PBOC chief sees room for rate rises but points to constraints

PUBLISHED : Friday, 07 March, 2008, 12:00am
UPDATED : Friday, 07 March, 2008, 12:00am

People's Bank of China governor Zhou Xiaochuan said yesterday there was scope for further interest-rate rises on the mainland but conceded domestic and international factors would be taken into consideration.

'There's certainly room for an interest-rate increase,' Mr Zhou told a press conference at the National People's Congress meeting. 'But we have to consider the benefits and defects, as well as the timing of any adjustment.'

He said sharp cuts in lending costs by the United States Federal Reserve had created a gap between the mainland and the world's largest economy and this was something the PBOC must take into consideration as it pondered further adjustments.

The central bank also had to consider the impact of higher borrowing costs on the capital markets as low rates could boost capital market investment. 'China has many domestic factors to consider in any interest-rate adjustment,' he said.

The PBOC last year raised rates six times to slow runaway growth and control inflation, which now stands at its highest in more than a decade.

World Bank chief economist-in-waiting Justin Lin Yifu yesterday called for further interest-rate rises.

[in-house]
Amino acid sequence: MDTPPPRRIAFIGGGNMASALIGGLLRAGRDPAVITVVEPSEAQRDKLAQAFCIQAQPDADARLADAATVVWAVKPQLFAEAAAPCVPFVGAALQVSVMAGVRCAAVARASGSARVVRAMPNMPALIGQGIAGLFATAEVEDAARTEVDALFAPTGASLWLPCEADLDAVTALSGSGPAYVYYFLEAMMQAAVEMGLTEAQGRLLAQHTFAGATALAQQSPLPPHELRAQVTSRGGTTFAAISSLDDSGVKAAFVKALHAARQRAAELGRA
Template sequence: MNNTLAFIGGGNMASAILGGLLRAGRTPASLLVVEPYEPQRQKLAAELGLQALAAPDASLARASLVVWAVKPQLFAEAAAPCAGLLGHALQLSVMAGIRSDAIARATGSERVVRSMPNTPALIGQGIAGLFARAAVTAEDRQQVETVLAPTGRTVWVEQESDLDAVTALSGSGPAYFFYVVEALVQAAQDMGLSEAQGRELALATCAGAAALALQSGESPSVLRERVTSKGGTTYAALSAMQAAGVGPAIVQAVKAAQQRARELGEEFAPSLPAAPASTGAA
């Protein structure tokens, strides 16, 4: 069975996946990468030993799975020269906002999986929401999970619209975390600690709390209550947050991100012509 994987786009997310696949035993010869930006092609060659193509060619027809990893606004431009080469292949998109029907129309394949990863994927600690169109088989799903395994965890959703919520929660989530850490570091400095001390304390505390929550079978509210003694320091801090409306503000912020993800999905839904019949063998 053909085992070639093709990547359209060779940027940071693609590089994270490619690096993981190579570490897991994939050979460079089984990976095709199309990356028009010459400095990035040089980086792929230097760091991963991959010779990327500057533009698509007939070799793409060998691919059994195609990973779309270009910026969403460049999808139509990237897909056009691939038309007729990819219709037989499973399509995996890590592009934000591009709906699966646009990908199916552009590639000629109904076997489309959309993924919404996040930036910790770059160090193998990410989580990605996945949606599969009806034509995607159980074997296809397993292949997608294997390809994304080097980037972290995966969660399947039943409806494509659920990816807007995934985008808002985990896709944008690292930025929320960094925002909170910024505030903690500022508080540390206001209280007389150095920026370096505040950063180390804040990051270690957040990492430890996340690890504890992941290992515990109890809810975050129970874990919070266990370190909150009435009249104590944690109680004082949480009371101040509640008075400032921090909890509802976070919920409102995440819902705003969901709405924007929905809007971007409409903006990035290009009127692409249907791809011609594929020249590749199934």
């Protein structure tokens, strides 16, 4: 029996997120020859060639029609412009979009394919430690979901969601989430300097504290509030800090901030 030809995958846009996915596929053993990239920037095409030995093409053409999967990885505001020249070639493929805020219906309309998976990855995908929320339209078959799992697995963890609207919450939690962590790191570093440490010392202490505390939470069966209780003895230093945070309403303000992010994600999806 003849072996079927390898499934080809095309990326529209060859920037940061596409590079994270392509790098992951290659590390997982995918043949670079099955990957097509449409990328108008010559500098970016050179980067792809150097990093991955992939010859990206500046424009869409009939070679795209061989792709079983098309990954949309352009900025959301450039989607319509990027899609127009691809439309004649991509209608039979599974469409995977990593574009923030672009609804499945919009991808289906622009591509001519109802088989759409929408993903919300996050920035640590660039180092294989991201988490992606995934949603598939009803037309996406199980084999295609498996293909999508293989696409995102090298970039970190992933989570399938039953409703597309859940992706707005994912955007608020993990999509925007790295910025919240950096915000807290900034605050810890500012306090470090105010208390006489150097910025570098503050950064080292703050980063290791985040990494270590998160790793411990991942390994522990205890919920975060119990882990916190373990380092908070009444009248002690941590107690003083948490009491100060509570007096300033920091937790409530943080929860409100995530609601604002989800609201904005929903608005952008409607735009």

However, Huang Yiping, the chief Asia economist at Citigroup, said the room for Beijing to boost interest rates further was not large, given the fragile state of the global economy and a possible recession in the US.

'We expect further rate rises, but the room for adjustment is not big,' Mr Huang said, citing a US slowdown that could hurt mainland exports.

Mr Zhou said a faster appreciation of the yuan might help control inflation, but its impact would be limited. Beijing would use a combination of policies to combat inflation.

Premier Wen Jiabao pledged to increase the yuan's flexibility in his policy address on Wednesday. The currency has appreciated about 15 per cent against the US dollar since July 2005, when the government delinked its decade-old peg to the greenback and allowed the yuan to move in a controlled range.

The yuan rose four basis points to hit a central parity rate of 7.1168 yuan per dollar yesterday.

Mr Zhou warned that the impact of the US subprime mortgage crisis could not be underestimated. 'There will be a further indirect impact from the US subprime crisis on China's economy in the future. It cannot be underestimated since it is far beyond previous experiences,' he said.

He said changes to the global economy and international trade caused by the downturn in the US would affect the mainland's economy in different phases.

Separately, he said Beijing would let individuals invest overseas step by step. But he did not specify the timing of the much-anticipated 'through-train' programme to allow them to directly invest in Hong Kong-listed stocks.

'All the measures that can boost individual overseas investment will be launched at an appropriate time and at an appropriate pace,' Mr Zhou said.